When people start popping Tums as a prevention against brittle bones and "The Calcium Bible" becomes a Book-of-the-Month Club selection, it's clear that calcium has become a topic of great interest. With good reason, since calcium deficiency is widespread in the United States today.
According to the National Institutes of Health, the average daily intake of dietary calcium is about 450 to 550 milligrams -- well below the National Research Council's recommended dietary allowance of 800 milligrams. Other government studies have shown that up to 50 percent of men age 18 to 34 and more than 70 percent of all adult women have inadequate calcium intake.
Osteoporosis is one of the primary results of this deficiency of dietary calcium.
A disorder in which the bones lose calcium and become brittle, osteoporosis affects as many as 20 million people in this country, causing more than 1 million fractures a year in people over 45 and costing an estimated $3.8 billion annually. Eight times more common in women than men, osteoporosis causes pain, disability and from 15,000 to 30,000 deaths a year.
Blood pressure also seems to be affected by calcium. Recent studies have shown that people with high blood pressure (hypertension) tend to have lower calcium intake than people with normal blood pressure. Some people with hypertension have an abnormally high level of calcium excretion.
Women with osteoporosis also have high blood pressure two to three times as often as other women. And some researchers believe that increasing the amount of calcium in the diet may actually protect people from hypertension.
Low calcium intake has also been linked to loss of the jaw bone, which holds the teeth, resulting in gum disease, improperly fitting dentures and poor dental health.
Widespread calcium deficiency has been recognized for some time, says Patricia Housman, author of "The Calcium Bible" (Rawson Associates, $13.95), but it took an April 1984 NIH Consensus Conference on Osteoporosis to really focus national attention on the problem. That conference, says Housman, was the "watershed event" that stimulated much of the heightened concern about calcium in the diet.
Ninety-nine percent of the body's calcium is found in bones and teeth, while the remaining 1 percent regulates such functions as normal heartbeat, blood clotting, nerve conduction, muscle contraction, hormone secretion and activation of certain enzymes.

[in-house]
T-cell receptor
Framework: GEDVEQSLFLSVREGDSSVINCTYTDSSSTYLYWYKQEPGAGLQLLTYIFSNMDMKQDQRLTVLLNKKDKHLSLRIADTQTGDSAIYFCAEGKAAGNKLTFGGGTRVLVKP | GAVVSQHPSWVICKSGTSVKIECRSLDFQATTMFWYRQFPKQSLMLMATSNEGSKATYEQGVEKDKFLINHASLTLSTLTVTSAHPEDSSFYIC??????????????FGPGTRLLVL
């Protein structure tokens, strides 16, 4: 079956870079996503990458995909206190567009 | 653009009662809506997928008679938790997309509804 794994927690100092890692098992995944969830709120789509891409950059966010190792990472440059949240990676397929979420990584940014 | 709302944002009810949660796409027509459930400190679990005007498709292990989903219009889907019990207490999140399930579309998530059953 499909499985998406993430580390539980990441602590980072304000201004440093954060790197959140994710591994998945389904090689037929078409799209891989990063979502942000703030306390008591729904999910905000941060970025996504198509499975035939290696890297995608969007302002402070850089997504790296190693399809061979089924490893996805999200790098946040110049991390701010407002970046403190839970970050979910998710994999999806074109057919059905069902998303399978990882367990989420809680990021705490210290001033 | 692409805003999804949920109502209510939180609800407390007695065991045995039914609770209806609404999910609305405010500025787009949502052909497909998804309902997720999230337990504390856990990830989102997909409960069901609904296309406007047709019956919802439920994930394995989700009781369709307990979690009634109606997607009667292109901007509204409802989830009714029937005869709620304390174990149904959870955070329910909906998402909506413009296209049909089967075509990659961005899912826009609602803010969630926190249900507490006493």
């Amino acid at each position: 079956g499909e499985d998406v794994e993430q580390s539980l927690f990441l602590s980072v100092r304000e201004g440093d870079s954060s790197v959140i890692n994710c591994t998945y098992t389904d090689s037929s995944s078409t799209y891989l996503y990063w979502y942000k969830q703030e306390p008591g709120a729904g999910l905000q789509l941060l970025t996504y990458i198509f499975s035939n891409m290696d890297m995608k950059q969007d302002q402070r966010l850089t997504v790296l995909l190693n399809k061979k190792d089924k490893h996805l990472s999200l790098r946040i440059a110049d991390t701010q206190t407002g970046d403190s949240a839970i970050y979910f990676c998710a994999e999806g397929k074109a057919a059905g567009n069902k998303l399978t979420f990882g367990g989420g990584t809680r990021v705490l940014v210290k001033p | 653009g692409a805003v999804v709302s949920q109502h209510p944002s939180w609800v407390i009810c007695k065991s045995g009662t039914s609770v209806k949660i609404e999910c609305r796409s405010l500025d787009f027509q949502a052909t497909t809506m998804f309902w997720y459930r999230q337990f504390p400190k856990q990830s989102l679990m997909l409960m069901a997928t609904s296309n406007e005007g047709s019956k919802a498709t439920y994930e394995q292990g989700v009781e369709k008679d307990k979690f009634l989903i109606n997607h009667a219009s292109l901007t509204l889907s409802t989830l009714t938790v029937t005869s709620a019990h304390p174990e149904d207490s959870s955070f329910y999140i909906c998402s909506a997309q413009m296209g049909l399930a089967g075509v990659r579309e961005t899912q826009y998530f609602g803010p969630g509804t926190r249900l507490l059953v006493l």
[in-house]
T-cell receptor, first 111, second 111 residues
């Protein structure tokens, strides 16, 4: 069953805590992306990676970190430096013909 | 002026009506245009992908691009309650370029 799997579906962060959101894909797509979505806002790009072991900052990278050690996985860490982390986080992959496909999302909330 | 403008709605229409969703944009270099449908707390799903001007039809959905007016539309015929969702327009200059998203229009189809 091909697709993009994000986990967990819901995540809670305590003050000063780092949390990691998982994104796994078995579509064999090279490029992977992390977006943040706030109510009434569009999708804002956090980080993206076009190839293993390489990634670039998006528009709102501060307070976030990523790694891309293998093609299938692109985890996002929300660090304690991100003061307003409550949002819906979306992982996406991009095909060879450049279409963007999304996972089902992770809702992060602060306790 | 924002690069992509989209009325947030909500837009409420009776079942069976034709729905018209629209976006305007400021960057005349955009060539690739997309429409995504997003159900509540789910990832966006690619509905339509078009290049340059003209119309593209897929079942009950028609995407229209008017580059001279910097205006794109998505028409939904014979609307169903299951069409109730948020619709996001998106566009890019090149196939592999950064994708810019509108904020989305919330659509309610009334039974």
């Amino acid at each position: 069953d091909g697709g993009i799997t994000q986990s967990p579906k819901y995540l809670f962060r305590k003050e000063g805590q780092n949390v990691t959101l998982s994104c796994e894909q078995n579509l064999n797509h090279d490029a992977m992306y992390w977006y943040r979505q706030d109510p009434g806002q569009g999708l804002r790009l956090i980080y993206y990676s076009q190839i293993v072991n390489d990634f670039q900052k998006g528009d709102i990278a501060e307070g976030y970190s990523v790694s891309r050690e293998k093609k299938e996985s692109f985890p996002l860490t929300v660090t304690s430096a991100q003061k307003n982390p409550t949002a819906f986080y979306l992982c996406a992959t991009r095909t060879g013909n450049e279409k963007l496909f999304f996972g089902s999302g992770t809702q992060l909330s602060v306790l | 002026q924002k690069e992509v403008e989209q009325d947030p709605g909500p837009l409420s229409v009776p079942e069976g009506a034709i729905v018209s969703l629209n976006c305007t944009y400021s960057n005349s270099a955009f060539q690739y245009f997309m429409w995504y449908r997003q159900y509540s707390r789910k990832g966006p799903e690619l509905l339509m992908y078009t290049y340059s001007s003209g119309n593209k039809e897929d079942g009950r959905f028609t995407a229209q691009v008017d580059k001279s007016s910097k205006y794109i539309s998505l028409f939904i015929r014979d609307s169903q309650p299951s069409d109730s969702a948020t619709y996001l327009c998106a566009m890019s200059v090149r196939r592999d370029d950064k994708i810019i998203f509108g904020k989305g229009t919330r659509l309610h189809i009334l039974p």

Eating the proper amount of calcium is important because less than 40 percent of calcium intake is absorbed from the intestinal tract. And as the body works to keep a constant level of calcium in the blood, calcium can be taken or "leeched" from the bones if there is not enough in the diet.
Contrary to popular belief, bone growth continues into adulthood. Adolescence brings a big growth spurt, but peak bone mass is not achieved until about age 30 to 35.
Many adults don't realize that their bones are living tissues that are constantly being broken down and reformed. This process, called remodeling, is a cycle that lasts three to four months and continues throughout life.
After 35 however, more bone is broken down than is formed, causing loss of bone mass. Women start out with less bone mass than men, and then lose bone earlier and more rapidly. After menopause, bone loss accelerates so quickly that an average woman in her seventies has lost half her bone mass while a man the same age suffers only about 14 percent loss.
Adult women have a higher requirement for calcium than the recommended dietary allowance (RDA) for the other groups. According to the NIH conference, premenopausal and estrogen-treated women require about 1,000 milligrams of calcium, while postmenopausal women who are not treated with estrogen should have 1,500 milligrams of calcium in their daily diet.
Men over 18 need 800 milligrams a day, according to the National Research Council. As they age, they do not lose as much bone mass as women.
The NIH panel concluded that "it seems likely that an increase in calcium intake to 1,000-1,500 mg a day beginning well before menopause will reduce the incidence of osteoporosis in postmenopausal women. Increased calcium intake may prevent age-related bone loss in men as well."
While inadequate calcium in the diet is the primary cause of osteoporosis, some less well known "calcium culprits" can adversely affect calcium balance.
*Vitamin D deficiency decreases the absorption of calcium in the intestine. Supplements of vitamin D are usually not advised since most people can obtain the 400 international units needed each day from sunshine or from fortified milk.
*Excess protein in the diet can be a silent calcium "robber." Studies have shown that a protein intake over 56 grams for men and 44 grams for women increases the excretion of calcium in the urine. Too much meat can mean extra bone loss.
*Caffeine is another calcium culprit. While "safe" limits of coffee are constantly debated, it is known that people who drink large amounts of coffee lose more calcium than people who do not drink coffee.
*High alcohol intake can also affect calcium balance by decreasing the absorption of calcium in the intestine. Again, "safe" limits are controversial, but it's best to avoid taking calcium supplements with alcoholic beverages and to limit your alcohol intake to moderate amounts.
*Smoking has been associated with increased loss of bone, although there is no direct evidence that smoking causes bone loss.
While all of these things can rob calcium from the body and begin the process that will cause osteoporosis in later life, adjustments in the diet or a calcium supplement seem to be able to prevent, or at least slow down, osteoporosis. But preventive actions must be taken decades before the disease appears.